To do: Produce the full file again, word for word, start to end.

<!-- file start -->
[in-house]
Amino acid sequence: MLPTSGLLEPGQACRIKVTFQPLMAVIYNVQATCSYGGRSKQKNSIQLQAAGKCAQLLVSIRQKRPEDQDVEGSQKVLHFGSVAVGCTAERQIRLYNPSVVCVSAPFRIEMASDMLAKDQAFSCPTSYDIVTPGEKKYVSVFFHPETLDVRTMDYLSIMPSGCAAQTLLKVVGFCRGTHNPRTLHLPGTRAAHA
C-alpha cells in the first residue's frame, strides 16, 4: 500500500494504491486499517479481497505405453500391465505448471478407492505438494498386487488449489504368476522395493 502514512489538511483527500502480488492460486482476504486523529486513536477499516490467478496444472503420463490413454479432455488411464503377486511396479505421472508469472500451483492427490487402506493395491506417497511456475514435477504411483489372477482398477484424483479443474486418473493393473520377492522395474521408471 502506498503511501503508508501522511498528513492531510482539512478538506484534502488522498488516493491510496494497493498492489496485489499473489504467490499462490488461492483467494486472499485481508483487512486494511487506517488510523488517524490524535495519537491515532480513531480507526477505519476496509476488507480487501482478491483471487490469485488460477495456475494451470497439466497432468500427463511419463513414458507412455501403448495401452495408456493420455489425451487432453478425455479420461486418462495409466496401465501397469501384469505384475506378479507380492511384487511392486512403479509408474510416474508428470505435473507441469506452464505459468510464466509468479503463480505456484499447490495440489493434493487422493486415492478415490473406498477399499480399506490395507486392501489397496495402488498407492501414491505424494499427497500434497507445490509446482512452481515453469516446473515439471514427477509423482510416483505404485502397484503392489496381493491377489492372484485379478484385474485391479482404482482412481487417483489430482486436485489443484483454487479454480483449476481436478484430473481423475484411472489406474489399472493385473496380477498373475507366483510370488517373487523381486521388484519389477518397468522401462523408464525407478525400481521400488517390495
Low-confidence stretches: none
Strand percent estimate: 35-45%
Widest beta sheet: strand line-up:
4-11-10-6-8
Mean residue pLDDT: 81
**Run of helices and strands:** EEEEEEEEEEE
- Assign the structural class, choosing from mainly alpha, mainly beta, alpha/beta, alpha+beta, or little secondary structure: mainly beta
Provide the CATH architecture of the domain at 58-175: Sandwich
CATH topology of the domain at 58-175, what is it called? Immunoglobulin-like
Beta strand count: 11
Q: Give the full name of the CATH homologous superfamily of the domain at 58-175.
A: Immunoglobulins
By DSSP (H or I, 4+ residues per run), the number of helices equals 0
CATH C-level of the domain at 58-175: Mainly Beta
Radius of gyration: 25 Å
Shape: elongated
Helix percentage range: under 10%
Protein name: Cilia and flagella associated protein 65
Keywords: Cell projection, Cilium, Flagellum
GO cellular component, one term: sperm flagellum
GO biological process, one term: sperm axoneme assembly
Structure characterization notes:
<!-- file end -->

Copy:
[in-house]
Amino acid sequence: MLPTSGLLEPGQACRIKVTFQPLMAVIYNVQATCSYGGRSKQKNSIQLQAAGKCAQLLVSIRQKRPEDQDVEGSQKVLHFGSVAVGCTAERQIRLYNPSVVCVSAPFRIEMASDMLAKDQAFSCPTSYDIVTPGEKKYVSVFFHPETLDVRTMDYLSIMPSGCAAQTLLKVVGFCRGTHNPRTLHLPGTRAAHA
C-alpha cells in the first residue's frame, strides 16, 4: 500500500494504491486499517479481497505405453500391465505448471478407492505438494498386487488449489504368476522395493 502514512489538511483527500502480488492460486482476504486523529486513536477499516490467478496444472503420463490413454479432455488411464503377486511396479505421472508469472500451483492427490487402506493395491506417497511456475514435477504411483489372477482398477484424483479443474486418473493393473520377492522395474521408471 502506498503511501503508508501522511498528513492531510482539512478538506484534502488522498488516493491510496494497493498492489496485489499473489504467490499462490488461492483467494486472499485481508483487512486494511487506517488510523488517524490524535495519537491515532480513531480507526477505519476496509476488507480487501482478491483471487490469485488460477495456475494451470497439466497432468500427463511419463513414458507412455501403448495401452495408456493420455489425451487432453478425455479420461486418462495409466496401465501397469501384469505384475506378479507380492511384487511392486512403479509408474510416474508428470505435473507441469506452464505459468510464466509468479503463480505456484499447490495440489493434493487422493486415492478415490473406498477399499480399506490395507486392501489397496495402488498407492501414491505424494499427497500434497507445490509446482512452481515453469516446473515439471514427477509423482510416483505404485502397484503392489496381493491377489492372484485379478484385474485391479482404482482412481487417483489430482486436485489443484483454487479454480483449476481436478484430473481423475484411472489406474489399472493385473496380477498373475507366483510370488517373487523381486521388484519389477518397468522401462523408464525407478525400481521400488517390495
Low-confidence stretches: none
Strand percent estimate: 35-45%
Widest beta sheet: strand line-up:
4-11-10-6-8
Mean residue pLDDT: 81
**Run of helices and strands:** EEEEEEEEEEE
- Assign the structural class, choosing from mainly alpha, mainly beta, alpha/beta, alpha+beta, or little secondary structure: mainly beta
Provide the CATH architecture of the domain at 58-175: Sandwich
CATH topology of the domain at 58-175, what is it called? Immunoglobulin-like
Beta strand count: 11
Q: Give the full name of the CATH homologous superfamily of the domain at 58-175.
A: Immunoglobulins
By DSSP (H or I, 4+ residues per run), the number of helices equals 0
CATH C-level of the domain at 58-175: Mainly Beta
Radius of gyration: 25 Å
Shape: elongated
Helix percentage range: under 10%
Protein name: Cilia and flagella associated protein 65
Keywords: Cell projection, Cilium, Flagellum
GO cellular component, one term: sperm flagellum
GO biological process, one term: sperm axoneme assembly
Structure characterization notes: